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Blue Nile Basin
In the Blue Nile Basin, a rapidly growing population faces increasing food and nutrition insecurity due to climate and demographic change, ecosystem degradation, low productivity, limited and inefficient irrigation systems, and a lack of agricultural land and access to clean energy.
NEXUS Gains is focused on the Tana-Beles sub-basin in Ethiopia, where Lake Tana is the source of the Blue Nile. Here, inadequate coordination of water resources management for the irrigation, hydropower, and tourism sectors has adversely affected natural resources and the viability of interdependent economic activities. This includes the installation of the Beles Hydroelectric Power Plant and large-scale sugarcane irrigation. The Government of Ethiopia has selected Tana-Beles as a key region for agricultural intensification due to the availability of water and land resources, both of which can be developed for economic purposes and to promote greater food security.
NEXUS Gains is supporting national-level assessments of interventions on water and energy systems for rural livelihoods, poverty alleviation, and national growth, as well as developing business and finance models for scaling climate-smart irrigation solutions and accelerating the rural energy transition.
Work Package 1: Trade-off analyses and foresight methodologies
NEXUS Gains researchers conducted a systematic literature review to assess the challenges across various sectors and indicate the key nexus issues in the basin. This was followed by a consultative workshop with stakeholders from organizations including government offices, basin authorities, academia, and research institutions.
The researchers subsequently worked on models to understand trade-offs and foresights. This included updating a computable general equilibrium tool. This disaggregated WEFE systems model has been used to study the economy-wide effects of water and energy investments. The tool assesses the impacts of climate change-induced recurrent weather shocks as well as investments in irrigation and hydroelectric generation to address water, energy, and food security challenges.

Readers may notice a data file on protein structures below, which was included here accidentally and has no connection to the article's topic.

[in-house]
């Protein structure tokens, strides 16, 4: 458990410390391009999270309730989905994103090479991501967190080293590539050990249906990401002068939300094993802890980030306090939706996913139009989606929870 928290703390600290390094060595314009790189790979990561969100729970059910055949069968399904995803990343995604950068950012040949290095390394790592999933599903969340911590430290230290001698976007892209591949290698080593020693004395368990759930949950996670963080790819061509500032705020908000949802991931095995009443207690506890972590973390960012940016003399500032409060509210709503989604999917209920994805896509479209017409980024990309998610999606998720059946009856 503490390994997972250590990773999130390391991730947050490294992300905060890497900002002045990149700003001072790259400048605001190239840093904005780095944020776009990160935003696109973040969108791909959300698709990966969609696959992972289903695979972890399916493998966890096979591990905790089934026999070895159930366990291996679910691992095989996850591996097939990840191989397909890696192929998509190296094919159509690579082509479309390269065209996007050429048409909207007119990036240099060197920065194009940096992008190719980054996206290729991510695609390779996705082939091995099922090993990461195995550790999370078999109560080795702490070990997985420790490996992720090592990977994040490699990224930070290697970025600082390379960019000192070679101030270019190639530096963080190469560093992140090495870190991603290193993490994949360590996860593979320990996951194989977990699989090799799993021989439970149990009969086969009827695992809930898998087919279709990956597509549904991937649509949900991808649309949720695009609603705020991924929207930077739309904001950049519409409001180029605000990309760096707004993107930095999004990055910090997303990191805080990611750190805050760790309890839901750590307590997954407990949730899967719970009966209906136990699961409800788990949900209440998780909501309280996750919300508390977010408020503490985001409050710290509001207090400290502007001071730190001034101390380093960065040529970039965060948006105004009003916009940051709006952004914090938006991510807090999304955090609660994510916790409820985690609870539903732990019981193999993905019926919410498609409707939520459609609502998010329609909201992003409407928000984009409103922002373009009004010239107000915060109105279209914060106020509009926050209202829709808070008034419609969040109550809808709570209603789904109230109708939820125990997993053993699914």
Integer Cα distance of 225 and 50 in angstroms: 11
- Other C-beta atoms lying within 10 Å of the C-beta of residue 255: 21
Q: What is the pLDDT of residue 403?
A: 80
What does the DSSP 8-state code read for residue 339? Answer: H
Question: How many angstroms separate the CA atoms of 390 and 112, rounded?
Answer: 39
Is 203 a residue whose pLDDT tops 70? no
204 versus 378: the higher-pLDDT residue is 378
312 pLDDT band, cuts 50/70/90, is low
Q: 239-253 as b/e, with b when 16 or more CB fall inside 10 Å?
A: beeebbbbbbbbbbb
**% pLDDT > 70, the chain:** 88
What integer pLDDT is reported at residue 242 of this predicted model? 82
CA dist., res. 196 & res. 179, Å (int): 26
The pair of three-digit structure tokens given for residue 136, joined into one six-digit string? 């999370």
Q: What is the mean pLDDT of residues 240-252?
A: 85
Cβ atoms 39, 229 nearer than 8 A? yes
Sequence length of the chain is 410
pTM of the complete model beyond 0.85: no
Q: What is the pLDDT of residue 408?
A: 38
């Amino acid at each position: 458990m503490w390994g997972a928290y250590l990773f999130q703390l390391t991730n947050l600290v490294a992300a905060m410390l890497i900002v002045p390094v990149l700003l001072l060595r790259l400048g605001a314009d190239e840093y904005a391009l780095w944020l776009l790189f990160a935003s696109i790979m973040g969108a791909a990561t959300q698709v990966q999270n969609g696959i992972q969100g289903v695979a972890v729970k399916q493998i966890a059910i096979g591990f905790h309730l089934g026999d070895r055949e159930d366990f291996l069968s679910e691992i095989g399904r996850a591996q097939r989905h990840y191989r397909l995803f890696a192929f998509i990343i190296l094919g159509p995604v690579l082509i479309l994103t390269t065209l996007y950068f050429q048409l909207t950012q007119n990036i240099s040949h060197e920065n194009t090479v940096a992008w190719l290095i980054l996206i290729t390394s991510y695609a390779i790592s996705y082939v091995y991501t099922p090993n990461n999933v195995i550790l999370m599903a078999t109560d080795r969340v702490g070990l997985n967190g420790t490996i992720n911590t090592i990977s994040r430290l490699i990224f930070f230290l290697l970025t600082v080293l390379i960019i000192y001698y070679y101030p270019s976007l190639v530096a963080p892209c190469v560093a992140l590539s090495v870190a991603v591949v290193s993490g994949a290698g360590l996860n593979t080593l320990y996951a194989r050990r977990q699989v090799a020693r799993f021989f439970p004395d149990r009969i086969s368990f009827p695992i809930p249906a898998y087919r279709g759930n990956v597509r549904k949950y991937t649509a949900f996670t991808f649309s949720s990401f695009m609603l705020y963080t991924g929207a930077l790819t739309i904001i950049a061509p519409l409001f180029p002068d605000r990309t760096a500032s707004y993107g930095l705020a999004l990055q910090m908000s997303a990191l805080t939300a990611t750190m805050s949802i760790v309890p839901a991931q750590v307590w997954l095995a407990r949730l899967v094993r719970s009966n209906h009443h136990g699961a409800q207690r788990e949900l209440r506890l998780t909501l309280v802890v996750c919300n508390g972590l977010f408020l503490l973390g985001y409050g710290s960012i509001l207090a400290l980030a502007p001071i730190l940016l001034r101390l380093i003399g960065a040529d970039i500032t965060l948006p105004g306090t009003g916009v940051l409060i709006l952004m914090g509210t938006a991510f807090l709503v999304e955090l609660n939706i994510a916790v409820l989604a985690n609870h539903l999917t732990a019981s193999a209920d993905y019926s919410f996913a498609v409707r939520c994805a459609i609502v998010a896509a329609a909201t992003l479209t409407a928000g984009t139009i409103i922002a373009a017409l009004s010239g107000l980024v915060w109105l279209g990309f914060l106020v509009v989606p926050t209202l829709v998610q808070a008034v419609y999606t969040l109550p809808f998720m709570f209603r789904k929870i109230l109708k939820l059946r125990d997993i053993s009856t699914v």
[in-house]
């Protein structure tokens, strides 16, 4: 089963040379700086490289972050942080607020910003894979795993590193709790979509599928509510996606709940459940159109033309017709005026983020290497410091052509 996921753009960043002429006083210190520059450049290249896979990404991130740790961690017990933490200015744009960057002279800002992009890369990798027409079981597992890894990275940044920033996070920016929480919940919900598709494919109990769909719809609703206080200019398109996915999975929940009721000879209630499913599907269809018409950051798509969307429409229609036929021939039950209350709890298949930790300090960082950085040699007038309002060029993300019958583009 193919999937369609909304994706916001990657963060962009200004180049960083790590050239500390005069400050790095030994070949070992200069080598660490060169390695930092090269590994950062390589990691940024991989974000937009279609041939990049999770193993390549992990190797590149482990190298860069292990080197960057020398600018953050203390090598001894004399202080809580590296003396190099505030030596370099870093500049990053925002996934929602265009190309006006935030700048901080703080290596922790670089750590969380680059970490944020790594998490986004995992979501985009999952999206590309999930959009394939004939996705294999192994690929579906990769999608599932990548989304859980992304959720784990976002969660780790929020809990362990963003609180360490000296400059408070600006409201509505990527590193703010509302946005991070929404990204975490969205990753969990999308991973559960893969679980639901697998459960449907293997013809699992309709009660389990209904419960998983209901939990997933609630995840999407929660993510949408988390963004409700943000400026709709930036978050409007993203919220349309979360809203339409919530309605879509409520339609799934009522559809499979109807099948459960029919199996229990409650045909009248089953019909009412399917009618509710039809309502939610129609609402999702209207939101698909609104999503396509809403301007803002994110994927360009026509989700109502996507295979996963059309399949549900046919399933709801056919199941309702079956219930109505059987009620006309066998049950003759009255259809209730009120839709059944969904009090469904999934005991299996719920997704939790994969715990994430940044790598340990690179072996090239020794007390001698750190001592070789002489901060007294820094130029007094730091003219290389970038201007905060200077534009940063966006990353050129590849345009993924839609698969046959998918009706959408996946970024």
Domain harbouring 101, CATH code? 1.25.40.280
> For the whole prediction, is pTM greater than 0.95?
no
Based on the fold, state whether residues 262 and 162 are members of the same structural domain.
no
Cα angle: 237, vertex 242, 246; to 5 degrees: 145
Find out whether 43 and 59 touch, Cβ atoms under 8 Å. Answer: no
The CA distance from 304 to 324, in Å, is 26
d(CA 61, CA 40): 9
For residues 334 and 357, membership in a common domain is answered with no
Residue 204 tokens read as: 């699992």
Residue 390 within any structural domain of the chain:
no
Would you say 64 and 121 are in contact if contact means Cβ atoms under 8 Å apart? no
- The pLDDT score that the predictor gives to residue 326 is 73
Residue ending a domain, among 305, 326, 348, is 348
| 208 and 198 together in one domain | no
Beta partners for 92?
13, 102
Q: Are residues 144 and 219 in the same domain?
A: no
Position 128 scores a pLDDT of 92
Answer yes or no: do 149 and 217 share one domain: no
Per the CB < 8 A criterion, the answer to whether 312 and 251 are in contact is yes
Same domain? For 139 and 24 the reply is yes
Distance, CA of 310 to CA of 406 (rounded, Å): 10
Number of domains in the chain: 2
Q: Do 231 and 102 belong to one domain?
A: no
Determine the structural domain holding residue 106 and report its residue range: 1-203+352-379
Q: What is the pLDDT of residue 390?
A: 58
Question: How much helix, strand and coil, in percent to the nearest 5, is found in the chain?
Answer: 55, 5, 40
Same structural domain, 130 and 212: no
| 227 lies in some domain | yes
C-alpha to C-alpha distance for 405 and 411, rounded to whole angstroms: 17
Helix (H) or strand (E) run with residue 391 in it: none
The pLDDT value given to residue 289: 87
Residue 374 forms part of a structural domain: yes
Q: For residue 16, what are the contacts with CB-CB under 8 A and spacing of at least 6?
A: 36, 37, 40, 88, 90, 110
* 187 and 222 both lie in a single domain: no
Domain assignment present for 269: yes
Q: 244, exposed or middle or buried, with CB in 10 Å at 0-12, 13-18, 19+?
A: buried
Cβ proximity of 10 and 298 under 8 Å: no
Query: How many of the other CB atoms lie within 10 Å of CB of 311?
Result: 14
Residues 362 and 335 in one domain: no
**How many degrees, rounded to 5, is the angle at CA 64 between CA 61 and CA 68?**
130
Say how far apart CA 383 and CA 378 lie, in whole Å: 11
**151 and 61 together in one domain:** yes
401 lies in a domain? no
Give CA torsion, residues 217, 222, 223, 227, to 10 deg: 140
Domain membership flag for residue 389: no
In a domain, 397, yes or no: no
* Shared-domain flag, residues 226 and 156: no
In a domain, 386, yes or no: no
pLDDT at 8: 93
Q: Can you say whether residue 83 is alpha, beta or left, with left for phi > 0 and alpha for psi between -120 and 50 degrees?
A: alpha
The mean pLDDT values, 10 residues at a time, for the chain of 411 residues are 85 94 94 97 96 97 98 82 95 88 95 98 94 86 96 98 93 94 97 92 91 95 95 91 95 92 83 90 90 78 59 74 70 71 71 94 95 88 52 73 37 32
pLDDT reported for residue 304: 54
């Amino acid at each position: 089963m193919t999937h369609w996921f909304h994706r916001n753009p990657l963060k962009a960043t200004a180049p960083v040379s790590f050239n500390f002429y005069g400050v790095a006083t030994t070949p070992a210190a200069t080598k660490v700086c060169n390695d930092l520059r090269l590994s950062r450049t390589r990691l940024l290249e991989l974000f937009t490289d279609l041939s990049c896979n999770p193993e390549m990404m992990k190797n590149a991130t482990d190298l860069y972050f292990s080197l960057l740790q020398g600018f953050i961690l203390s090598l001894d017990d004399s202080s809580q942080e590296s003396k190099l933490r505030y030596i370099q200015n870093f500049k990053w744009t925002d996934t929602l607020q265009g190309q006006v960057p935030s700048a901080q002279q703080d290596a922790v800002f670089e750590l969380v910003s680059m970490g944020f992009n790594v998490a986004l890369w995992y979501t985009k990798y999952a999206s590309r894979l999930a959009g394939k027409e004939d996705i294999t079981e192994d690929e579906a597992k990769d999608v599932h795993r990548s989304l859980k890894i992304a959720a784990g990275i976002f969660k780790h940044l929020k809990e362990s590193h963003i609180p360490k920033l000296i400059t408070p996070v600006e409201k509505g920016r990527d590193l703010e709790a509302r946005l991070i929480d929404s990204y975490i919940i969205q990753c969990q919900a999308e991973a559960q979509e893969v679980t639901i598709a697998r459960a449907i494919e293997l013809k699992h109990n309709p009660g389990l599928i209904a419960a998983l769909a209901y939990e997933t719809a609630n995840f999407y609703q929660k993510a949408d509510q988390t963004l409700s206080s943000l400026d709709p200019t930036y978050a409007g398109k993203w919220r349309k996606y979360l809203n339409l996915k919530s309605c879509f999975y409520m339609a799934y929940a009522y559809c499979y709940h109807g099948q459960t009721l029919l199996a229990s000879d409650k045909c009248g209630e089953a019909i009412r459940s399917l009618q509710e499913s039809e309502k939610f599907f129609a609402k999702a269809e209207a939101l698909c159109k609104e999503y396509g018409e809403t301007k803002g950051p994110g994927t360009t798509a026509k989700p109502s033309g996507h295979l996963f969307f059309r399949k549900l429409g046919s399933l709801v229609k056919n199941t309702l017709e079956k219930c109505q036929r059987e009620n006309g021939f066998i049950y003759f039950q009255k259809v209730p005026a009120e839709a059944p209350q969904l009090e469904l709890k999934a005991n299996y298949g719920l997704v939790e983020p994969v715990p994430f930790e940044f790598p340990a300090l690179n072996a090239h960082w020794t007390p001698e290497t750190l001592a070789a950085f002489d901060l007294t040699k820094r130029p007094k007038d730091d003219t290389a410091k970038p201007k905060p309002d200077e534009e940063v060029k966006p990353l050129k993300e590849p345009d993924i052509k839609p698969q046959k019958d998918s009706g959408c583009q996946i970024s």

NEXUS Gains researchers also collaborated with the Food, Agriculture, Biodiversity, Land-Use, and Energy (FABLE) Consortium to develop the FABLE calculator to simulate trade-offs and synergies of various development pathways at the national scale between 2000 and 2050. The calculator analyzes key food, agriculture, biodiversity, land-use, and energy indicators, and tests the impact of different policies and changes on these systems using multiple scenarios.
In partnership with the Alliance of Bioversity International and the International Center for Tropical Agriculture, NEXUS Gains is applying the Agrobiodiversity Index in the Blue Nile Basin to understand agrobiodiversity risk based on data-driven hotspot analysis, and identify agrobiodiversity-based interventions.
Work Package 2: Water productivity and storage
NEXUS Gains has undertaken a systematic review of the types of water storage in Ethiopia’s Blue Nile Basin region using a range of literature, looking at both built and natural storage, including lakes, wetlands, and reservoirs.